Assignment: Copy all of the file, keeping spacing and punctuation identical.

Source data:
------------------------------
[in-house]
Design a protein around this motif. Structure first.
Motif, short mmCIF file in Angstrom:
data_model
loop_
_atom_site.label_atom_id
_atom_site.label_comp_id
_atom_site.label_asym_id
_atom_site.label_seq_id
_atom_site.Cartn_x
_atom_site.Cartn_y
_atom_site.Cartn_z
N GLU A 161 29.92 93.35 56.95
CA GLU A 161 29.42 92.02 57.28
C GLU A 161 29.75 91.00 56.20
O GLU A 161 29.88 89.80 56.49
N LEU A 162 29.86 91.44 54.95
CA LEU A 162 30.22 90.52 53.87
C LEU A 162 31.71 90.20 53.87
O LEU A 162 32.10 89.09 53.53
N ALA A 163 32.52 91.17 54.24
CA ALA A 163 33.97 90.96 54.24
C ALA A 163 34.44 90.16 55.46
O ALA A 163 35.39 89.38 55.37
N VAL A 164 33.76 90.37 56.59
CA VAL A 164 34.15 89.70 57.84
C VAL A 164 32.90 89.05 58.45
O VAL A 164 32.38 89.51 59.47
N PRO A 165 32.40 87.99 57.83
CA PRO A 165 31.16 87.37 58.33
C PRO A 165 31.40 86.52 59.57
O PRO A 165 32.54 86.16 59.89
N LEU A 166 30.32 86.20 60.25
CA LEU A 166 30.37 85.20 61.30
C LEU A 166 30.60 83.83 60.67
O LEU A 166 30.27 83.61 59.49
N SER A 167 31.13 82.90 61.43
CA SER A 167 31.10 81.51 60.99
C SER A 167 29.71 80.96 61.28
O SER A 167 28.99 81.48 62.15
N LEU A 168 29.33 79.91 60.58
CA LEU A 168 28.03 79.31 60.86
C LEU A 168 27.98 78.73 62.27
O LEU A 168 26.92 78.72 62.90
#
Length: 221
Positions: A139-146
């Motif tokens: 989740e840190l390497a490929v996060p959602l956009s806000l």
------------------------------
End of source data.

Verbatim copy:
[in-house]
Design a protein around this motif. Structure first.
Motif, short mmCIF file in Angstrom:
data_model
loop_
_atom_site.label_atom_id
_atom_site.label_comp_id
_atom_site.label_asym_id
_atom_site.label_seq_id
_atom_site.Cartn_x
_atom_site.Cartn_y
_atom_site.Cartn_z
N GLU A 161 29.92 93.35 56.95
CA GLU A 161 29.42 92.02 57.28
C GLU A 161 29.75 91.00 56.20
O GLU A 161 29.88 89.80 56.49
N LEU A 162 29.86 91.44 54.95
CA LEU A 162 30.22 90.52 53.87
C LEU A 162 31.71 90.20 53.87
O LEU A 162 32.10 89.09 53.53
N ALA A 163 32.52 91.17 54.24
CA ALA A 163 33.97 90.96 54.24
C ALA A 163 34.44 90.16 55.46
O ALA A 163 35.39 89.38 55.37
N VAL A 164 33.76 90.37 56.59
CA VAL A 164 34.15 89.70 57.84
C VAL A 164 32.90 89.05 58.45
O VAL A 164 32.38 89.51 59.47
N PRO A 165 32.40 87.99 57.83
CA PRO A 165 31.16 87.37 58.33
C PRO A 165 31.40 86.52 59.57
O PRO A 165 32.54 86.16 59.89
N LEU A 166 30.32 86.20 60.25
CA LEU A 166 30.37 85.20 61.30
C LEU A 166 30.60 83.83 60.67
O LEU A 166 30.27 83.61 59.49
N SER A 167 31.13 82.90 61.43
CA SER A 167 31.10 81.51 60.99
C SER A 167 29.71 80.96 61.28
O SER A 167 28.99 81.48 62.15
N LEU A 168 29.33 79.91 60.58
CA LEU A 168 28.03 79.31 60.86
C LEU A 168 27.98 78.73 62.27
O LEU A 168 26.92 78.72 62.90
#
Length: 221
Positions: A139-146
């Motif tokens: 989740e840190l390497a490929v996060p959602l956009s806000l």